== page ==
This Is Your Brain On Drugs Dept.: GM Wants To Announce Opel Plant Closure To Prop Up Obama

Bertel Schmitt
by Bertel Schmitt

With their Washington overlords breathing down their necks, GM executives are pushing Opel for a definitive agreement to close Opel’s Bochum plant. According to the Wall Street Journal, GM “would like to be able to announce the plan before or along with its third-quarter earnings, which are expected to be disclosed Oct. 31.”

Keep smoking.

Says the Journal:

“The company, whose stock is languishing, would like to have an agreed-upon downsizing plan by then to signal to investors that it is moving aggressively to stem the financial losses at Opel.”

“Lifting the stock price ahead of November could have an impact on the presidential election that month. President Barack Obama backed a taxpayer funded bailout and bankruptcy restructuring of GM.”

Discounted by some commenters as a non-story, GM had bumped-up the date of its Q3 earnings announcement to occur before the November 6th election. Now, it needs good news to announce.

If GM plans to deliver the good news in a timely manner, it better get ready to pay a very high price. Plant closures and firings are contractually verboten at Opel through the end of 2014. Opel and its unions are in negotiations to extend this period through 2016. In that deal, the unions are supposed to agree to a delay of pay rises in exchange of two additional years of job security through 2016. According to Germany’s Automobil Produktion, this deal would save Opel between 40 and 50 million Euro yearly. Closing Bochum on the other hand could save GM $2 billion, Automobil Produktion says in a different article. Do you get a feeling for where the priorities are?

According to the same magazine, Opel’s works council chief Wolfgang Schäfer-Klug emphatically denies a report by Germany’s Frankfurter Allgemeine Zeitung that says that Opel is planning a reduction of 1,000 white collar jobs, 30 percent of the administrative workforce in Rüsselsheim. Opel needs a works council agreement for the plan, and it sounds like Opel won’t get it.

The unions are in an unassailable position. Jobs are secure through 2014, and can be made secure through 2016 if the unions forgo, or even defer a pay raise. After that, the ax will fall, workers will get up to $250,000 in severance, and then will be eligible for generous German unemployment benefits. It is doubtful that German metal workers will readily give up this position, only to advance Barack Obama’s odds in November. If they do, only for a very high price.

However, if you think that Opel will go on losing money just because Opel has lost money in the past 12 years, then GM’s head of European Operations, Steve Girsky, wants you to re-think that position.

Said Girsky to Bloomberg:

“You can’t have a mindset that it’s OK to lose a billion a year. That’s the mindset we’re trying to change.”

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2 of 27 comments
  • Oldyak Oldyak on Sep 14, 2012

    Yes to all the above...? The longer that G.M. survives on the government teat the poorer we will all be. OUR government GAVE Chrysler to Fiat but at least they are making a go of it.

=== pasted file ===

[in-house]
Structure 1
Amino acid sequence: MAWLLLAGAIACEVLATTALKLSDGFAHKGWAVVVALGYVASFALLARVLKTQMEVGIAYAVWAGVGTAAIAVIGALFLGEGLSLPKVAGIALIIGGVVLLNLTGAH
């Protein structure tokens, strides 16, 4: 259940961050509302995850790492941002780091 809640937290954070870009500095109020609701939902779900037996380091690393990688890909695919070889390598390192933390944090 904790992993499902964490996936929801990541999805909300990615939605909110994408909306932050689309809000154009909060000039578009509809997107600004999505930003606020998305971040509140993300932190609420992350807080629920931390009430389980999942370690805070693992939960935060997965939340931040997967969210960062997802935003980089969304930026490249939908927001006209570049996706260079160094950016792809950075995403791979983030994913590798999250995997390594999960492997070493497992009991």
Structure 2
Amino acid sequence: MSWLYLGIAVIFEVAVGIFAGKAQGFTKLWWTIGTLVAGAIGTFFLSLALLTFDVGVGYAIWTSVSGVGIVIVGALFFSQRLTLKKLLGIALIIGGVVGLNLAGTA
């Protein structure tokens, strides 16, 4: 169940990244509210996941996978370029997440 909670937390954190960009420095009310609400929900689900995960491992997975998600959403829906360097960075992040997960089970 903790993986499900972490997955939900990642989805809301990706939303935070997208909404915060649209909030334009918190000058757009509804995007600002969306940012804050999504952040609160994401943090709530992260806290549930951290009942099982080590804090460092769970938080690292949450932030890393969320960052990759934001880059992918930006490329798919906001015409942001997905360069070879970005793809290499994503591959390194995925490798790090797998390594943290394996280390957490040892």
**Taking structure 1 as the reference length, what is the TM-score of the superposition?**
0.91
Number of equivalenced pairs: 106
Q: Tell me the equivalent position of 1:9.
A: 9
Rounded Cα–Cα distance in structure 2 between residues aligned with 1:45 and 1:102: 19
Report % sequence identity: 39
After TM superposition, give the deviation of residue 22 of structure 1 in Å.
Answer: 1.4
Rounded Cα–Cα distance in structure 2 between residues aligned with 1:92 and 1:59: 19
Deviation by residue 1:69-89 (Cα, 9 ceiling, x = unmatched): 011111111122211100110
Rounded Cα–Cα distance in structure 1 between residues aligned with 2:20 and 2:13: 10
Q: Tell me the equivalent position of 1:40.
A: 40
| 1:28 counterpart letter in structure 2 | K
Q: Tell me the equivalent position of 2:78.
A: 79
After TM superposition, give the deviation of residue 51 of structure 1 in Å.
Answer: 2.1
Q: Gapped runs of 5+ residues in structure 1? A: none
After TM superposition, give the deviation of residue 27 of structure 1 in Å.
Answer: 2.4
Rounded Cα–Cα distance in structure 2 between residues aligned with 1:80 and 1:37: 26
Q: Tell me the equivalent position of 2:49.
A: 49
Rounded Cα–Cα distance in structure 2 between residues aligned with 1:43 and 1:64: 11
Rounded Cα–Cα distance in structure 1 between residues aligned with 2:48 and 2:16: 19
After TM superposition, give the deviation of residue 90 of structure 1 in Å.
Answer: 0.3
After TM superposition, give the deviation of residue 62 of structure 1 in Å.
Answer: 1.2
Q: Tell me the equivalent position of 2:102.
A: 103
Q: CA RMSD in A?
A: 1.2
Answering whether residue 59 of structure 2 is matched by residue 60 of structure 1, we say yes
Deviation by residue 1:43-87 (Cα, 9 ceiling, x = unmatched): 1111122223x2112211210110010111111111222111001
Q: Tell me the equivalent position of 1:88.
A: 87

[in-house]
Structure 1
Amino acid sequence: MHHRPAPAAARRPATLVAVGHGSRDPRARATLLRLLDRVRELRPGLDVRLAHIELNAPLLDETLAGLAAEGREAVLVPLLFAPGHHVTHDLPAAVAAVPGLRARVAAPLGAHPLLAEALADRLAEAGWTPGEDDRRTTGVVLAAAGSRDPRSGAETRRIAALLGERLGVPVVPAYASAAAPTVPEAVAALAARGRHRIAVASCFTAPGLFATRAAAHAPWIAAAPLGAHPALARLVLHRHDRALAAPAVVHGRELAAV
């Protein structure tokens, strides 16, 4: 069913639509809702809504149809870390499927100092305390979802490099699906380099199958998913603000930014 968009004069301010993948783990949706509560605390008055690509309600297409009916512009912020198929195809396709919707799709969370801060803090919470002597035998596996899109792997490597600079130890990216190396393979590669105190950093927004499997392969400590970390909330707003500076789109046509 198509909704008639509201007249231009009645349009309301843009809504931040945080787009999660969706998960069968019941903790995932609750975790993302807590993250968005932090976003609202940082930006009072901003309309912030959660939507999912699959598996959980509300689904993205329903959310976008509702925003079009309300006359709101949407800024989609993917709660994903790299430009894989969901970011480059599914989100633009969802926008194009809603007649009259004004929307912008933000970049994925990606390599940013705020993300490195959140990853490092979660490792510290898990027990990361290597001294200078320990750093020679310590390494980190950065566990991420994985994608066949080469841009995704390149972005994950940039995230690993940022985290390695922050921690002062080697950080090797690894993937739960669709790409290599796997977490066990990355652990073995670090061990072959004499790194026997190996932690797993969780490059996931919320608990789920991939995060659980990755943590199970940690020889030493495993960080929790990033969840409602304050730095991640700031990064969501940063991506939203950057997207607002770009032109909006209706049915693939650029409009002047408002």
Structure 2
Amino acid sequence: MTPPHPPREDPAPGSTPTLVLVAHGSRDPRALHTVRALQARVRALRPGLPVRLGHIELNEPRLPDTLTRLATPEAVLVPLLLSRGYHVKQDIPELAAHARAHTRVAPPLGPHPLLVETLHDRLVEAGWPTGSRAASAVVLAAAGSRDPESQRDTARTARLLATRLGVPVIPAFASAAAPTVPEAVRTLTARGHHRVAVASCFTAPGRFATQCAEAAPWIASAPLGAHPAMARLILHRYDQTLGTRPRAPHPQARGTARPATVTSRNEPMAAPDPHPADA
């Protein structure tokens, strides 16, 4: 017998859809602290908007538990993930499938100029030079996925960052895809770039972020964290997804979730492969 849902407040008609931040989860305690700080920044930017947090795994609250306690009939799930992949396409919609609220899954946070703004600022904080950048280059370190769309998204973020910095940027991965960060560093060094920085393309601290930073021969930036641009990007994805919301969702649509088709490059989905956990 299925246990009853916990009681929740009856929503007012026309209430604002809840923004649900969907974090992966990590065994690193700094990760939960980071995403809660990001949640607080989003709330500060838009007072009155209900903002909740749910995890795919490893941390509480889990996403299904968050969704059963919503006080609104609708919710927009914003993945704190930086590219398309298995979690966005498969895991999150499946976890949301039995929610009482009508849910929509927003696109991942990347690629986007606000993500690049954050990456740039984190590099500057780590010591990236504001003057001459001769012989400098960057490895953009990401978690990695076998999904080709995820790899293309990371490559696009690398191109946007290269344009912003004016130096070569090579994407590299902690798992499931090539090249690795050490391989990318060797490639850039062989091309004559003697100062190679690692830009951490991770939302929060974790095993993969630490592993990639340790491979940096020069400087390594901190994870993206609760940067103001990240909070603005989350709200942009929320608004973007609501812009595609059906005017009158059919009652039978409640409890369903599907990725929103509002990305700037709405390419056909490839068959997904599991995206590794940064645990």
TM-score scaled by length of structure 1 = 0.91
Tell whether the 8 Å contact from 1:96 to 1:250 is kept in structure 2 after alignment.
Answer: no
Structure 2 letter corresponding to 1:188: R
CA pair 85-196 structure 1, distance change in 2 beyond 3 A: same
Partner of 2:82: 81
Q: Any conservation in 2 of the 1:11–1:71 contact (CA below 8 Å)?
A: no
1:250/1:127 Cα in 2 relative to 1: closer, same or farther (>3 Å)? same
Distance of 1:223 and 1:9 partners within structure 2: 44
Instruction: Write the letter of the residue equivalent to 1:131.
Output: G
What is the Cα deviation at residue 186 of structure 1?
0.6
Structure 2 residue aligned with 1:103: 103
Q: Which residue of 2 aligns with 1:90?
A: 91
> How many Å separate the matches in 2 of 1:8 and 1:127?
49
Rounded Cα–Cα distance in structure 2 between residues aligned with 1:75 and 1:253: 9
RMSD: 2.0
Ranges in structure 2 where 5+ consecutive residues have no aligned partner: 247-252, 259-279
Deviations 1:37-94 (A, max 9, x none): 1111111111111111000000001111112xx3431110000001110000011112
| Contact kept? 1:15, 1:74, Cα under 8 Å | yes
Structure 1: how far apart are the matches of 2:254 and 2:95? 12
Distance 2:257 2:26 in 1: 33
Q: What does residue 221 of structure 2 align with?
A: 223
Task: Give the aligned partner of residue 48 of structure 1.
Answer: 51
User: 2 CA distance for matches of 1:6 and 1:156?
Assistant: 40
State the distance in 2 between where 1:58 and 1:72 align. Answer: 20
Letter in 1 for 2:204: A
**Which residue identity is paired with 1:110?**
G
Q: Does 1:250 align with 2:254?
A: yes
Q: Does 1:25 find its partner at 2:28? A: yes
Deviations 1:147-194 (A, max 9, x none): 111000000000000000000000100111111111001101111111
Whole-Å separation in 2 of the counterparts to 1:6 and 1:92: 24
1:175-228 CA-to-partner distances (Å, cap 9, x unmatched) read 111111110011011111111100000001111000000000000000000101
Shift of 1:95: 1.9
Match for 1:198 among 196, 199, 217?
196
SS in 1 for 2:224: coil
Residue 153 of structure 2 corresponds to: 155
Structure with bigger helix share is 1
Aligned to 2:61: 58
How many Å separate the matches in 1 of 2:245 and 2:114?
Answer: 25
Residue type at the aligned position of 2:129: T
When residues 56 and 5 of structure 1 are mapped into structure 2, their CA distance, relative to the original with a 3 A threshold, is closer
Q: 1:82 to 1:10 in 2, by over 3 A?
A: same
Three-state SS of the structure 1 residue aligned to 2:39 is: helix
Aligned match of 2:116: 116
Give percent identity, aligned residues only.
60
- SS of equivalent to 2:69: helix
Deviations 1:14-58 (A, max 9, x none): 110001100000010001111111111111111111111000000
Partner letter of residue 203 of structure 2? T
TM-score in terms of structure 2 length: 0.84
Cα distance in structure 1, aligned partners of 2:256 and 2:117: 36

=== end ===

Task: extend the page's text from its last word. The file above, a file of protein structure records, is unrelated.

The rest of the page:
• Billfrombuckhead Billfrombuckhead on Sep 14, 2012

    Since the bailout almost a 1/3 of all cars old in the US have been from GM and Chrysler. What would the rest of the auto industry have done to their prices if they didn't have that competition? What about the value of customers cars? What about all the lost jobs and the implications of that? What about favoring foreign state socilaist competitors vs our own companies and people? "The poorer we will all be", hardly.

  • Namesakeone If you want a Thunderbird like your neighbor's 1990s model, this is not the car. This is a Fox-body car, which was produced as a Thunderbird from MY 1980 through 1988 (with styling revisions). The 1989-1997 car, like your neighbor's, was based on the much heavier (but with independent rear suspension) MN-15 chassis.
  • Inside Looking Out I watched only his Youtube channel. Had no idea that there is TV show too. But it is 8 years or more that I cut the cable and do not watch TV except of local Fox News. There is too much politics and brainwashing including ads on TV. But I am subscribed to CNBC Youtube channel.
  • Jeff S Just to think we are now down to basically 3 minivans the Chrysler Pacifica, Honda Odyssey, Toyota Sienna. I wonder how much longer those will last. Today's minivan has grown in size over the original minivans and isn't so mini anymore considering it is bigger than a lot of short wheel based full size vans from the 70s and 80s. Back in the 70s and 80s everything smaller was mini--mini skirt, mini fridge, mini car, and mini truck. Mini cars were actually subcompact cars and mini trucks were compact trucks. Funny how some words are so prevalent in a specific era and how they go away and are unheard of in the following decades.
  • Jeff S Isn't this the same van Mercury used for the Villager? I believe it was the 1s and 2nd generations of this Quest.
  • VoGhost I don't understand the author's point. Two of the top five selling vehicles globally are Teslas. We have great data on the Model 3 for the past 5 years. What specifically is mysterious about used car values?